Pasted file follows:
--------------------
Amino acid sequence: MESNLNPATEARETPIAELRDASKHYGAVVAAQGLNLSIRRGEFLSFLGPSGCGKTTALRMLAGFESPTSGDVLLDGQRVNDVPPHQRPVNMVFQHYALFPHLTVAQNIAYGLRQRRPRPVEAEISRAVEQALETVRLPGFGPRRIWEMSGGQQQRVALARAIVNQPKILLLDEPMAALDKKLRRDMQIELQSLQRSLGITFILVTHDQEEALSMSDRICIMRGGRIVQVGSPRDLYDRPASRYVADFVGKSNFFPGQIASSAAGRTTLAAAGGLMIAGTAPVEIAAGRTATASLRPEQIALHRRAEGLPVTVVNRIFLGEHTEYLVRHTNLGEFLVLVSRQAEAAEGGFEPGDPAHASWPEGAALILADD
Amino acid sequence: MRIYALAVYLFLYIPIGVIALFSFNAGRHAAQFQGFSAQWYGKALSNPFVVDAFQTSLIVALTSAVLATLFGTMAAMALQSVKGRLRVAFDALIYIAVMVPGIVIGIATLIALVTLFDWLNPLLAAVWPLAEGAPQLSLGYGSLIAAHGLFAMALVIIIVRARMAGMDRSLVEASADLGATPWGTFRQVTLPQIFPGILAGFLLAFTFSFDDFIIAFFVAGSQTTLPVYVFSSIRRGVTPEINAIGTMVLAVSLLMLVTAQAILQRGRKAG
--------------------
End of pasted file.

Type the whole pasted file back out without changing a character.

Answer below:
Amino acid sequence: MESNLNPATEARETPIAELRDASKHYGAVVAAQGLNLSIRRGEFLSFLGPSGCGKTTALRMLAGFESPTSGDVLLDGQRVNDVPPHQRPVNMVFQHYALFPHLTVAQNIAYGLRQRRPRPVEAEISRAVEQALETVRLPGFGPRRIWEMSGGQQQRVALARAIVNQPKILLLDEPMAALDKKLRRDMQIELQSLQRSLGITFILVTHDQEEALSMSDRICIMRGGRIVQVGSPRDLYDRPASRYVADFVGKSNFFPGQIASSAAGRTTLAAAGGLMIAGTAPVEIAAGRTATASLRPEQIALHRRAEGLPVTVVNRIFLGEHTEYLVRHTNLGEFLVLVSRQAEAAEGGFEPGDPAHASWPEGAALILADD
Amino acid sequence: MRIYALAVYLFLYIPIGVIALFSFNAGRHAAQFQGFSAQWYGKALSNPFVVDAFQTSLIVALTSAVLATLFGTMAAMALQSVKGRLRVAFDALIYIAVMVPGIVIGIATLIALVTLFDWLNPLLAAVWPLAEGAPQLSLGYGSLIAAHGLFAMALVIIIVRARMAGMDRSLVEASADLGATPWGTFRQVTLPQIFPGILAGFLLAFTFSFDDFIIAFFVAGSQTTLPVYVFSSIRRGVTPEINAIGTMVLAVSLLMLVTAQAILQRGRKAG